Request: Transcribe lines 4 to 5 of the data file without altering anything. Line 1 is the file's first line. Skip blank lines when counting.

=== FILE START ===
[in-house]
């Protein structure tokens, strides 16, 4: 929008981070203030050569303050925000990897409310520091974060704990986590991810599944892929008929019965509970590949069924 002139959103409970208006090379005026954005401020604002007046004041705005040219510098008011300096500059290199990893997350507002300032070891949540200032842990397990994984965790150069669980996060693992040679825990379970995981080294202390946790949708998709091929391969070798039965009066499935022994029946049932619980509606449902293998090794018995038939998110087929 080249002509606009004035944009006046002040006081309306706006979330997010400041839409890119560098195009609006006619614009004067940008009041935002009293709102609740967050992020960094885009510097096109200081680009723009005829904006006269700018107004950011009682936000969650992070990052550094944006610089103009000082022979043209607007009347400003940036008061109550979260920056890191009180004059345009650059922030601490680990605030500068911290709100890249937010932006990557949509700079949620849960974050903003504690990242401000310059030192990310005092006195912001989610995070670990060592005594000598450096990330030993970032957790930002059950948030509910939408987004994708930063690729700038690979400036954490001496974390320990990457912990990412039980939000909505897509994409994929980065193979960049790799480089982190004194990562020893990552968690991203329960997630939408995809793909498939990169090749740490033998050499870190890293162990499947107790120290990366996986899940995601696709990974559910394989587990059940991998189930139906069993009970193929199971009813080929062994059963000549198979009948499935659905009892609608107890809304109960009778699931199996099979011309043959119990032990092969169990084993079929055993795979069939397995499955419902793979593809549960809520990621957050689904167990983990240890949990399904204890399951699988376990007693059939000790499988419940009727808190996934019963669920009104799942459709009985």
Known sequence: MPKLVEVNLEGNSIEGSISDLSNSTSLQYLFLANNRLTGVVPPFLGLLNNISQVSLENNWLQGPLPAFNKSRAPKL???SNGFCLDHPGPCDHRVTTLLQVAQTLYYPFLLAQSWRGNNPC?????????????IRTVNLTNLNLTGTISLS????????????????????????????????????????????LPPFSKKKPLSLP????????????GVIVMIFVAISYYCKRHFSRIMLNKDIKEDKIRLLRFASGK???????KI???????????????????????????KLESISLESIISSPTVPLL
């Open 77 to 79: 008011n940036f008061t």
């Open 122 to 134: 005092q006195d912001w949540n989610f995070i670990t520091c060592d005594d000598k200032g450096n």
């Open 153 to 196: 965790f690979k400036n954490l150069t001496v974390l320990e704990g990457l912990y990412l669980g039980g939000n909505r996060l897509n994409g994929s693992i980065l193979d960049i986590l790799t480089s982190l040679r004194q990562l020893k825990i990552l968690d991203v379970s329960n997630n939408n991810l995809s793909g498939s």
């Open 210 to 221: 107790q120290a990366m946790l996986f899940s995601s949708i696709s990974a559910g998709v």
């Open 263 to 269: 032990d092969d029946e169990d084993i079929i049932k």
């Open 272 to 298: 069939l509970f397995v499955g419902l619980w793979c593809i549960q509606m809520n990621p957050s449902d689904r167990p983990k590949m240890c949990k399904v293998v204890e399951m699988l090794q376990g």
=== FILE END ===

């Open 77 to 79: 008011n940036f008061t």
């Open 122 to 134: 005092q006195d912001w949540n989610f995070i670990t520091c060592d005594d000598k200032g450096n």